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Shuttered Florida Prison Converted Into 'Empowerment Center' for Homeless

After Florida officials closed the Gainesville Correctional Institution (GCI) for good in March 2012, the state's Department of Corrections fought to keep the property and lobbied to use some of the space left behind for probation offices.

Instead, both the state and city elected to turn the page on the property's dreary past and remake it into a multipurpose shelter—dubbed an "empowerment center" by local officials—for Gainesville's homeless population.

In January 2014, the Alachua County Coalition for the Homeless and Hungry—which will oversee operations of the new shelter—began opening its doors to the public for tours and brainstorming sessions with taxpayers just two months after the Florida Cabinet voted to sell the former GCI site to Gainesville for $1.4 million.

"There is no denying what this facility used to be," city spokesman Bob Woods said, leading a tour through the shuttered prison’s dormitories and concrete buildings.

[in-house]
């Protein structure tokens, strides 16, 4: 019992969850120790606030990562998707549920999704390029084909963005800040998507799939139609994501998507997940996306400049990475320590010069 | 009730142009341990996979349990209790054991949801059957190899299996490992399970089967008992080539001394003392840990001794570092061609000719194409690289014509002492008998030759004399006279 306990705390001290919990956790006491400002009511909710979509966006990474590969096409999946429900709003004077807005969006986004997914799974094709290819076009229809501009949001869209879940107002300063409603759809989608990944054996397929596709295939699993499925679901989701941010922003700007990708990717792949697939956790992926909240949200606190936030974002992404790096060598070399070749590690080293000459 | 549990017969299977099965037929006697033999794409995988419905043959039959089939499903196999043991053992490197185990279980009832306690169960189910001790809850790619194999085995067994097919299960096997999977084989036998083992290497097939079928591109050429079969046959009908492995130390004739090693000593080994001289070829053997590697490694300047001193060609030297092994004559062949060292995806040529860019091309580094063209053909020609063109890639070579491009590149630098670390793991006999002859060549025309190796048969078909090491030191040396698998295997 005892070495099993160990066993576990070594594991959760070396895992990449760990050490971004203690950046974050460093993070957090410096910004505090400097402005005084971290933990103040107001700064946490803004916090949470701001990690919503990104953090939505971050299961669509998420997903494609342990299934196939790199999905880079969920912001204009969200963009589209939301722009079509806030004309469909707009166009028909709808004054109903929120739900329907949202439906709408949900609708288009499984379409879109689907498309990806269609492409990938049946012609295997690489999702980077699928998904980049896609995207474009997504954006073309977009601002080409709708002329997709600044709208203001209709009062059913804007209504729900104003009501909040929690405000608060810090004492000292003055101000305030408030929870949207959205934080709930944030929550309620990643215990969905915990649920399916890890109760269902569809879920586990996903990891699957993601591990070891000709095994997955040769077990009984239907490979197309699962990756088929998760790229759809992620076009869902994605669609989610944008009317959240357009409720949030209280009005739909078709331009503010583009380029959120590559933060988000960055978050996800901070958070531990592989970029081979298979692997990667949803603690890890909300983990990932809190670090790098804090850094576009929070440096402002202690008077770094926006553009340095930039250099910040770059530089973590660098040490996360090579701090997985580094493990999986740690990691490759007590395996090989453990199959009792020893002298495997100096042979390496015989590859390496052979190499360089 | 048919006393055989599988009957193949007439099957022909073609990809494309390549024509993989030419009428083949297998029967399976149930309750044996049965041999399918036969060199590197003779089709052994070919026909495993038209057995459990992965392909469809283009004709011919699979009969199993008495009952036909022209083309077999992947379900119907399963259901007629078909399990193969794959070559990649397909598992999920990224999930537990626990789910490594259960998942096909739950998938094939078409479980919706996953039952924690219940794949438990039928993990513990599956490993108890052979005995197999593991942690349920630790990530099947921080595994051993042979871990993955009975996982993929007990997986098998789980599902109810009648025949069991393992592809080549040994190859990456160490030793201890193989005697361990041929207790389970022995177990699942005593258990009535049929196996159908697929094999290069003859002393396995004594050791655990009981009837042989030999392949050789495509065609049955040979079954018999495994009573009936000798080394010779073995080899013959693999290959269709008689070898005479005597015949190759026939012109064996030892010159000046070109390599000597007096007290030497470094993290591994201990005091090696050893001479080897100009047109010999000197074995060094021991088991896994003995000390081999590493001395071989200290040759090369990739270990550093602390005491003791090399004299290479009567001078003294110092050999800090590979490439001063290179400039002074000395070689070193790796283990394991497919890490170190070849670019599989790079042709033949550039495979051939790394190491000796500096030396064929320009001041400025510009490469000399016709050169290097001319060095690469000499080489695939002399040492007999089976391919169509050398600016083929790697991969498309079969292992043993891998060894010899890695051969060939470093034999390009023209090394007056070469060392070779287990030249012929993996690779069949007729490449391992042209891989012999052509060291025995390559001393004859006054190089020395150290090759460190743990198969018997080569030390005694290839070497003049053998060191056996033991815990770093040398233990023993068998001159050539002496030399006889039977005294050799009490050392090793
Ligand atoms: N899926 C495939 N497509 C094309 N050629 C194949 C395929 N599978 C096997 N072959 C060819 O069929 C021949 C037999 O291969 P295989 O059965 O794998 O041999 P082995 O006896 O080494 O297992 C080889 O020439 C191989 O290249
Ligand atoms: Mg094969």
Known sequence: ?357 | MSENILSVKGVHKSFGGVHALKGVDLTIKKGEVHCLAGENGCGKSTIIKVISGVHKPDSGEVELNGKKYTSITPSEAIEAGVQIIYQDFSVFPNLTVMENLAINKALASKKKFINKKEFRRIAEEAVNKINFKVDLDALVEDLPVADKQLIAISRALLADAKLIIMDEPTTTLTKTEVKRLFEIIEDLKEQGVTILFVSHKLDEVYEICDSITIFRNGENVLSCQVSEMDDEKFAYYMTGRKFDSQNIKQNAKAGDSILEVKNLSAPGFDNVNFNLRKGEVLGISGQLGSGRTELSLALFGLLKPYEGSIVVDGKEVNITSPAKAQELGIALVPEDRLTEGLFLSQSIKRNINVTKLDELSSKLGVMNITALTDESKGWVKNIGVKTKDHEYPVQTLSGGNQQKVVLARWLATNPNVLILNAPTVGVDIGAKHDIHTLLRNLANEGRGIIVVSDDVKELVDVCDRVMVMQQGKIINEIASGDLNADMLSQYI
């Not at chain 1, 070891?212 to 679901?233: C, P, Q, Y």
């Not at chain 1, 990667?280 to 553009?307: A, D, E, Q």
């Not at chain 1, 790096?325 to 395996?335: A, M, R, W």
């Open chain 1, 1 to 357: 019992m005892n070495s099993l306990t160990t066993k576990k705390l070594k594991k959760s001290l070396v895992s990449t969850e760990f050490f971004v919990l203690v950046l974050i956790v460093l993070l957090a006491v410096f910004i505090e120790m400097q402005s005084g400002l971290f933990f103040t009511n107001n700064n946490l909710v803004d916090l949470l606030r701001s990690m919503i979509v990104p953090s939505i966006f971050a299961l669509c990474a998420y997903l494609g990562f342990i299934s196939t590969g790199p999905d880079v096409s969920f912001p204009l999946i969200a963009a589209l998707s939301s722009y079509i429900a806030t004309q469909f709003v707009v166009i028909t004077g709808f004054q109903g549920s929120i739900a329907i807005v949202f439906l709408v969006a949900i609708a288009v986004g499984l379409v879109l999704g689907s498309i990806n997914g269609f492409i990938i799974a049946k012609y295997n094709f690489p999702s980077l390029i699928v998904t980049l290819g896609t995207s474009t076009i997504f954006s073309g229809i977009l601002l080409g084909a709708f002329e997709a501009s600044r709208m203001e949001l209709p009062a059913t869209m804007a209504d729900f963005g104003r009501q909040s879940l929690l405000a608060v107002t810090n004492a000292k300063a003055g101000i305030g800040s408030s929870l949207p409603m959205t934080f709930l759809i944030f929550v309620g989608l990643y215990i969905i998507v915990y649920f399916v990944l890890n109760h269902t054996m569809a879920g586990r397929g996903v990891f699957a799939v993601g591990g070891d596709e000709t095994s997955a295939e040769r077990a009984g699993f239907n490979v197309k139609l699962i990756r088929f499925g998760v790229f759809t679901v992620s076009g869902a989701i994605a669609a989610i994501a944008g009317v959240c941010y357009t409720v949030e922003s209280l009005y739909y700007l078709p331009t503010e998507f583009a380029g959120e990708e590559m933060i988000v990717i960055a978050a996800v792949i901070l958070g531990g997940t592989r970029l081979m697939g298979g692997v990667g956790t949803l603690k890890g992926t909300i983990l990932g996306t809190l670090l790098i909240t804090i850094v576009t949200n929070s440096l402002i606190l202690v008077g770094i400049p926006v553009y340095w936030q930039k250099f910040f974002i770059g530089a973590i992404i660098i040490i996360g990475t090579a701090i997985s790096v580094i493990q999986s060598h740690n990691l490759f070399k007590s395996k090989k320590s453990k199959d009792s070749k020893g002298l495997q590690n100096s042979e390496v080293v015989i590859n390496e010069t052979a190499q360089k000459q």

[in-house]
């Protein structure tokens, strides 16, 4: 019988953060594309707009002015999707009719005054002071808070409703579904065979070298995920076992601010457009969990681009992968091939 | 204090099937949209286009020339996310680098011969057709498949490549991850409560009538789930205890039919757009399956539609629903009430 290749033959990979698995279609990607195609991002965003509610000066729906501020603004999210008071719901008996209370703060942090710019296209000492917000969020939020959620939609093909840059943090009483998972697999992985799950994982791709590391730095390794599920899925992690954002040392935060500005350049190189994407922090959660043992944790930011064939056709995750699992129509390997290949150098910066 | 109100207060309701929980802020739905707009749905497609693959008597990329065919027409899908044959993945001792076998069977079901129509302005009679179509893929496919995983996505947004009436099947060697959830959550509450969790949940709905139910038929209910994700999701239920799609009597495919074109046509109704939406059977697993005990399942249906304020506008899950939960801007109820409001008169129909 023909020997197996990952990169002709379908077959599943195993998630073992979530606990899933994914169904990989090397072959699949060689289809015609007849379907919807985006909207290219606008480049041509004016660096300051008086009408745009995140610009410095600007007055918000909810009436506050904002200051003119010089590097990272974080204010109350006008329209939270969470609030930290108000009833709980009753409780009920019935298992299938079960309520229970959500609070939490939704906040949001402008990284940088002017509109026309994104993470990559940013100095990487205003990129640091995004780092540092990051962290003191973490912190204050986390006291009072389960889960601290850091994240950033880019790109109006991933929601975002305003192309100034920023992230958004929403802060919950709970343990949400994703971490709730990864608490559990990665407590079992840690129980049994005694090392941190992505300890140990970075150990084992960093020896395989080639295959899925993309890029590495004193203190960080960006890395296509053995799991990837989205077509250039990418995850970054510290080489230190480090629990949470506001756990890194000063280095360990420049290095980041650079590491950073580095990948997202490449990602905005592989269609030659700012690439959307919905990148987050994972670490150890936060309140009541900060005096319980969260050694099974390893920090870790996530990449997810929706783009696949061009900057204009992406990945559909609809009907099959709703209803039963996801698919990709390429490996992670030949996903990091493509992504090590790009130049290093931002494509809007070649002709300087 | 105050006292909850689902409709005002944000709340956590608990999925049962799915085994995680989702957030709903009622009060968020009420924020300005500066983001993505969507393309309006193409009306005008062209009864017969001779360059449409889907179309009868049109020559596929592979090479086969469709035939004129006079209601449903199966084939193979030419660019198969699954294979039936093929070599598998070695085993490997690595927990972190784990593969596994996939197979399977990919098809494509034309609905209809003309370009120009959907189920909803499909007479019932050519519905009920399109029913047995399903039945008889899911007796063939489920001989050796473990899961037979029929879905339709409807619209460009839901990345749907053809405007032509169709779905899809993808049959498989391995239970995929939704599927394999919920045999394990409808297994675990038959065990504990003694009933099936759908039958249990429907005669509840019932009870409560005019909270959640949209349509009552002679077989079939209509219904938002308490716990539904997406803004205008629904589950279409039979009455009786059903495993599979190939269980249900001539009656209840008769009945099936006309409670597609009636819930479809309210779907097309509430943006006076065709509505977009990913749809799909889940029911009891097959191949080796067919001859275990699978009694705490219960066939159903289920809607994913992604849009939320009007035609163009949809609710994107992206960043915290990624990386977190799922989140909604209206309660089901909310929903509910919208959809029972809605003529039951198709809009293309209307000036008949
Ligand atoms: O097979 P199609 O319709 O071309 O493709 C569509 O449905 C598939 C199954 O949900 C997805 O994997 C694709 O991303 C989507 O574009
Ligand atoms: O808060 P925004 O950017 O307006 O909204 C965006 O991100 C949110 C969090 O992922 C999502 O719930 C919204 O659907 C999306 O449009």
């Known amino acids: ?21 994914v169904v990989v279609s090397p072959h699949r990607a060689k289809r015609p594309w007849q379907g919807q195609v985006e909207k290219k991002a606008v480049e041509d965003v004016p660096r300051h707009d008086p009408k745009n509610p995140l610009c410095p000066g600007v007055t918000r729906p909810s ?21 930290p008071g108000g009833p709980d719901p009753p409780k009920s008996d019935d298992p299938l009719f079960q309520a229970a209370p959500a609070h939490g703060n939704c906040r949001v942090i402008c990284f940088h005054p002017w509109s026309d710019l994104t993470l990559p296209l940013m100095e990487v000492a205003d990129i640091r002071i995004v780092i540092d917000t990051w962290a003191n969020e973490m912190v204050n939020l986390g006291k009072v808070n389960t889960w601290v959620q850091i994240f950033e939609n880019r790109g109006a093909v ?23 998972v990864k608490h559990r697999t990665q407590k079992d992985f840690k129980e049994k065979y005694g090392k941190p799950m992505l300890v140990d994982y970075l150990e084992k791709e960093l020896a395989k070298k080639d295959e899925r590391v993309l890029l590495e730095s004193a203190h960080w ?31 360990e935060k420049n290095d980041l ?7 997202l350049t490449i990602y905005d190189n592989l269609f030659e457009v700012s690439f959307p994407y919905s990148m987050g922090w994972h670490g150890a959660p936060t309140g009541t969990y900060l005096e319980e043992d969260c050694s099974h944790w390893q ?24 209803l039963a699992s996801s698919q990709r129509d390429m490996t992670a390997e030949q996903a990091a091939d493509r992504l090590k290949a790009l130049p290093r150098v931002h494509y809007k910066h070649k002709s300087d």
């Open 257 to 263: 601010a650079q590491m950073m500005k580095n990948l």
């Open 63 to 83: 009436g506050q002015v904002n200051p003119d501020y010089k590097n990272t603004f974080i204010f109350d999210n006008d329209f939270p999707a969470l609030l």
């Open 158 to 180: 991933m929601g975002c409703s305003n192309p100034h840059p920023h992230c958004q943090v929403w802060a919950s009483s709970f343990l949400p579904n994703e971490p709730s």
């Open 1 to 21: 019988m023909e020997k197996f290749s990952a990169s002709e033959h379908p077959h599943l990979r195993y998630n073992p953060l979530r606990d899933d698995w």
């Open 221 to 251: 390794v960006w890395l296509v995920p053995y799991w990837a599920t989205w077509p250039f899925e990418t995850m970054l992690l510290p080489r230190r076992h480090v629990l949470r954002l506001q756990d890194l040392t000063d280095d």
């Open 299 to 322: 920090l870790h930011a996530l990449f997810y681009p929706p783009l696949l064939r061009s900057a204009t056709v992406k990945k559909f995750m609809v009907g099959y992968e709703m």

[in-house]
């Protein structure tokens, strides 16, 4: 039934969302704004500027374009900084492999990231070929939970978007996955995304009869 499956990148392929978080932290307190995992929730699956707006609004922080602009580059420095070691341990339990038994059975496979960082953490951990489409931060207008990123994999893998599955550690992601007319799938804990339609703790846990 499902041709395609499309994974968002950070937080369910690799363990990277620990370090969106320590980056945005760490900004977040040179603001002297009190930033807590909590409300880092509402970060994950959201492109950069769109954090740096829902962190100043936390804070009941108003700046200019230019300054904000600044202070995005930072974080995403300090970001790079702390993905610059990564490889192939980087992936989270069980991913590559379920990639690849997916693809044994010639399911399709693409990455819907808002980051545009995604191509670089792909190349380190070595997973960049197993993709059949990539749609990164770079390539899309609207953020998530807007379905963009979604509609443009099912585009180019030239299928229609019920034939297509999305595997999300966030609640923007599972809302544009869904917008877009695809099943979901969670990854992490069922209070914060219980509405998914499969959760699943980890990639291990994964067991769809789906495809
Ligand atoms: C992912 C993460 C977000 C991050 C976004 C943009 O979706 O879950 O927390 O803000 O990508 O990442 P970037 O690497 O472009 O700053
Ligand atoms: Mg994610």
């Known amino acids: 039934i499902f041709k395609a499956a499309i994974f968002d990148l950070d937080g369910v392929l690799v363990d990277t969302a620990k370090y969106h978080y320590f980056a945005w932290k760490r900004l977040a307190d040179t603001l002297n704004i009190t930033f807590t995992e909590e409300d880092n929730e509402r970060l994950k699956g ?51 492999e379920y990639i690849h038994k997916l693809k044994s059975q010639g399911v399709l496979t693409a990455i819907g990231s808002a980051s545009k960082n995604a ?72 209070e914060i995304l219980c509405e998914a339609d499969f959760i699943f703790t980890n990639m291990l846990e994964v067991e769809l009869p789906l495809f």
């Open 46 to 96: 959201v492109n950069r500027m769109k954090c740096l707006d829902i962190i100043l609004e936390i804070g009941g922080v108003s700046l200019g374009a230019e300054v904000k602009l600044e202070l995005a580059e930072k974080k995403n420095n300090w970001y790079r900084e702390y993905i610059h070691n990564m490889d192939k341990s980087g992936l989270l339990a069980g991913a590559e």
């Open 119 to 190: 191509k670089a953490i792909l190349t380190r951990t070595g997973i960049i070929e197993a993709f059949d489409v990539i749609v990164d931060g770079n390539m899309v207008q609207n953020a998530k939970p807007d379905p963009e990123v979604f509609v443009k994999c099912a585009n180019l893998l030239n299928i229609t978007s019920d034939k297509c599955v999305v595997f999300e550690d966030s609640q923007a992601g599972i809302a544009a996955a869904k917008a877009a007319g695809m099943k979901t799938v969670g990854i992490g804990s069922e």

The property had to be pried from DOC by Gainesville officials even after the state designated the site as surplus. Now, Woods said, the properties —which includes 38 acres of land and 15 buildings—is on the verge of becoming a community asset providing hope and shelter.

After removing the high-security fencing and barbed wire from around the prison's perimeter, renovations budgeted at $1 million began in four buildings—one dormitory, the kitchen, library and laundry facilities—to feed the homeless and provide space to wash and store clothing. First-year operating costs are estimated to be around $300,000.

Potential long-term plans involve much more, including a medical clinic, job training, services for homeless veterans, an on-site garden, arts and cultural center, and space to house the Salvation Army's meal services and social programs.

"We've spent eight years in our community seeking a location for this center," City Commissioner Randy Wells said of the project, which is the heart of a city and county plan, unveiled in 2005, to end homelessness.

The GCI sale also included 126 acres of surrounding woodlands, which will now become nature trails for walking, jogging and bird-watching for Gainesville residents.

Once DOC lost its bid to turn some of GCI into probation offices, it sought to acquire land in an historic Gainesville neighborhood to build space for community supervision. But local opposition to that plan forced the city's planning board to deny DOC's application for the site.


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